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Breakthrough test promises to cut cancer trauma


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Breakthrough test promises to cut cancer trauma

Kate Benson, Medical Reporter

October 8, 2007


A SYDNEY scientist has created a world-first test which could save or extend the lives of cancer patients by drastically reducing the trauma of chemotherapy - and make tens of millions of dollars for the University of NSW.

The test uses a dye to determine whether cancer cells are being destroyed, allowing for rapid changes in treatment and eliminating one of the most traumatic aspects of the cancer patient's ordeal: long, debilitating chemotherapy courses that can be found months later to be a waste of time.

Professor Philip Hogg, the director of the university's NSW Cancer Research Centre, has developed a family of molecules which attach themselves to dying or dead cancer cells, allowing doctors to determine if a particular course of treatment is working within 24 hours of the first dose.

The US pharmaceutical giant Covidien has bought the development rights in an undisclosed worldwide deal worth tens of millions of dollars in royalties to the university. It hopes to have the dye on the market within five years.

Patients receiving chemotherapy or radiotherapy now have to undergo a full cycle of treatment, which can take up to six months, before doctors can determine whether the tumour has been reduced or has grown.

Professor Hogg said the dye would stop patients suffering unnecessarily from side effects if their combination of cytotoxic drugs proved ineffective. It would also allow doctors to personalise treatment.

"Chemotherapy has three outcomes - the tumour is reduced, stays the same, or it grows and spreads - but we have no way of knowing which way things are going until the end of a cycle of treatment, or several cycles," he said.

"If, at the end of a cycle, we find out the tumour has not been reduced, the oncologist must prescribe a new combination of drugs, or a different treatment, and the patient starts again. This means patients go through a lot of trauma and many don't have the time to waste on ineffective therapies."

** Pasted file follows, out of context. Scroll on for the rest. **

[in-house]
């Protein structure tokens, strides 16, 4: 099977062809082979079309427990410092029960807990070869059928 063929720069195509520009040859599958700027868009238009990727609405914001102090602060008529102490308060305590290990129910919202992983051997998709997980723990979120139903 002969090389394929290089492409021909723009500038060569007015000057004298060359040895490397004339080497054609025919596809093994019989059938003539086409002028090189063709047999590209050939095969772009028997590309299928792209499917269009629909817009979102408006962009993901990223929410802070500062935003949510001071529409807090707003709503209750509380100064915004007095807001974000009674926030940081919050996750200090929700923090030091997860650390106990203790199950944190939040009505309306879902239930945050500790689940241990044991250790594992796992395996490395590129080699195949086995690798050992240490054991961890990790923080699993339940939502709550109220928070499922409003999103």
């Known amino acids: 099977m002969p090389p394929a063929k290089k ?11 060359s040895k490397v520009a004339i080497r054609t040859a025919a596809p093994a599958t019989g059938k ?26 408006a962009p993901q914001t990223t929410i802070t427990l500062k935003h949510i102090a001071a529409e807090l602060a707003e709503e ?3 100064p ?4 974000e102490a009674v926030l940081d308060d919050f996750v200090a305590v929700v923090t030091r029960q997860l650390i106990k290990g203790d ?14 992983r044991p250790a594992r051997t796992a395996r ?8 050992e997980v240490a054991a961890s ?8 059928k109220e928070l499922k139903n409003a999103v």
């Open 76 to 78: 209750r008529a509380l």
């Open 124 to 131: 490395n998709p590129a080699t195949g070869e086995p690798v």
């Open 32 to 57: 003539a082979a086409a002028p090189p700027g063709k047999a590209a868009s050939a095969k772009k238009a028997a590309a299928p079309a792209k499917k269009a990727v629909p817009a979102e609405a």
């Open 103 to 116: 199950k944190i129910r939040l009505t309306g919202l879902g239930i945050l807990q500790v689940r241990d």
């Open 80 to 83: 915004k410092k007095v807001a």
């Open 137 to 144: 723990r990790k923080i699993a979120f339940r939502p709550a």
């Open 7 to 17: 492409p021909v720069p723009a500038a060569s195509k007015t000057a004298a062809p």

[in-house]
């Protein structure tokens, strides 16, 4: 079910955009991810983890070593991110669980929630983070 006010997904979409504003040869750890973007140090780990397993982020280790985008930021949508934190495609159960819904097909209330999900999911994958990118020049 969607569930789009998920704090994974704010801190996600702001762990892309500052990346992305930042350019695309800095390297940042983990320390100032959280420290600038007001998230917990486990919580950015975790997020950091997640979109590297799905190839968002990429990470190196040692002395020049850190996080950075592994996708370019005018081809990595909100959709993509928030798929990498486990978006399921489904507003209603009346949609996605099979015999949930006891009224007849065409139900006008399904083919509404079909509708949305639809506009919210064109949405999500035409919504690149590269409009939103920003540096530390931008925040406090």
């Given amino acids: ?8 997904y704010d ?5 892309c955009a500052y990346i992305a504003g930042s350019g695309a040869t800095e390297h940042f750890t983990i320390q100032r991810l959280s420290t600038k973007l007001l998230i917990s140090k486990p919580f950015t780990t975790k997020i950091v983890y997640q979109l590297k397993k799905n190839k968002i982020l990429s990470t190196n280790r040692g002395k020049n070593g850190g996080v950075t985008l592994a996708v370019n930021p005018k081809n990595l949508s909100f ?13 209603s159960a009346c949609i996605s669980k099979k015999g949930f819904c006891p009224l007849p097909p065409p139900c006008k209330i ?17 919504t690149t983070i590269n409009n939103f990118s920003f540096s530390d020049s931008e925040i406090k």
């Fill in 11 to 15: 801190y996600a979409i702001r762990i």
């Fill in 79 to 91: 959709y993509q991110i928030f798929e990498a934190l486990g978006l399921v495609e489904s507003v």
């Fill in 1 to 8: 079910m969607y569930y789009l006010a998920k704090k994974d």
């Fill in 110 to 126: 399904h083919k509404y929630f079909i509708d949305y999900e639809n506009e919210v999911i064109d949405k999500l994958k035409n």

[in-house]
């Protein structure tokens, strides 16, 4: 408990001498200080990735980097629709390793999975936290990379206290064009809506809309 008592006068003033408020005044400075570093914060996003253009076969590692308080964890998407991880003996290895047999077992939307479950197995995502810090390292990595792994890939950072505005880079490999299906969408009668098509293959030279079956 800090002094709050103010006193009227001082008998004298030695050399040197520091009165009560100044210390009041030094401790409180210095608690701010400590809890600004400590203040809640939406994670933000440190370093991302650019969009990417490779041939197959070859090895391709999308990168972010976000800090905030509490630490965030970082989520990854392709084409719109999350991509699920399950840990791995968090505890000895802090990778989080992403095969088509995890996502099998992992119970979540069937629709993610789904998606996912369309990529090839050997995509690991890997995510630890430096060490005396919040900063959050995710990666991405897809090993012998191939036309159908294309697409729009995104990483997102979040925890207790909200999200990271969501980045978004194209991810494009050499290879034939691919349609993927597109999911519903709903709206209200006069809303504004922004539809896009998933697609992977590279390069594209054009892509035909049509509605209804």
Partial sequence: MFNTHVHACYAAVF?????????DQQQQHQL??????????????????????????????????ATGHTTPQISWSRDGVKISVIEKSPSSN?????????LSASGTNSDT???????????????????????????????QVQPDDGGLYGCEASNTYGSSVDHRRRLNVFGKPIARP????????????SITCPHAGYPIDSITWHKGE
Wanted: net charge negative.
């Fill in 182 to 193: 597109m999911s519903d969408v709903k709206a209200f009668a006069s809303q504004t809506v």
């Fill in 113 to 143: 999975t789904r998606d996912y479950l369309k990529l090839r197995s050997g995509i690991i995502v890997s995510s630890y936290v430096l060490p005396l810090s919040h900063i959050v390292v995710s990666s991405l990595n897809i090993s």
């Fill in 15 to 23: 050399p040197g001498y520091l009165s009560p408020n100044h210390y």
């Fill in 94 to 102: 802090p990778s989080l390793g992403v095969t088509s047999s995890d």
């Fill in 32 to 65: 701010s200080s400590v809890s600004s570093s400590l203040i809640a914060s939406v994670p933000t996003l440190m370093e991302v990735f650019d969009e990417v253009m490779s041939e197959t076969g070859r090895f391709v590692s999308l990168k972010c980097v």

Patients would be injected with the dye within 24 to 48 hours after the first dose of chemotherapy or radiotherapy. A CT scan would then show any dead or dying cancer cells. If there were none, or less than expected, an oncologist could immediately change the treatment.

"This discovery stems from more than 10 years of research focused on the design of molecular probes to study cellular processes," Professor Hogg said.

"We were working on another project when we found that these molecules attached to dead, cultured cells, so we decided to follow our noses and see where it took us. It is very exciting to be able to tailor treatment and to prevent people from the trauma of going through a chemotherapy cycle for months only to find out it didn't work."

Professor Hogg said clinical trials would begin within two years, but the dye was expected to work on all solid tumours, such as lung, breast, colon and prostate cancers. It would not be suitable for leukaemia.

Mark Bennett, the chief executive of NewSouth Innovations, which brokered the deal, said he was thrilled with Professor Hogg's discovery. He said the deal validated the university's cancer research expertise.

Covidien believes the dye could also be used for people suffering strokes and heart attacks.

This story was found at: http://www.smh.com.au/articles/2007/10/ ... 39428.html

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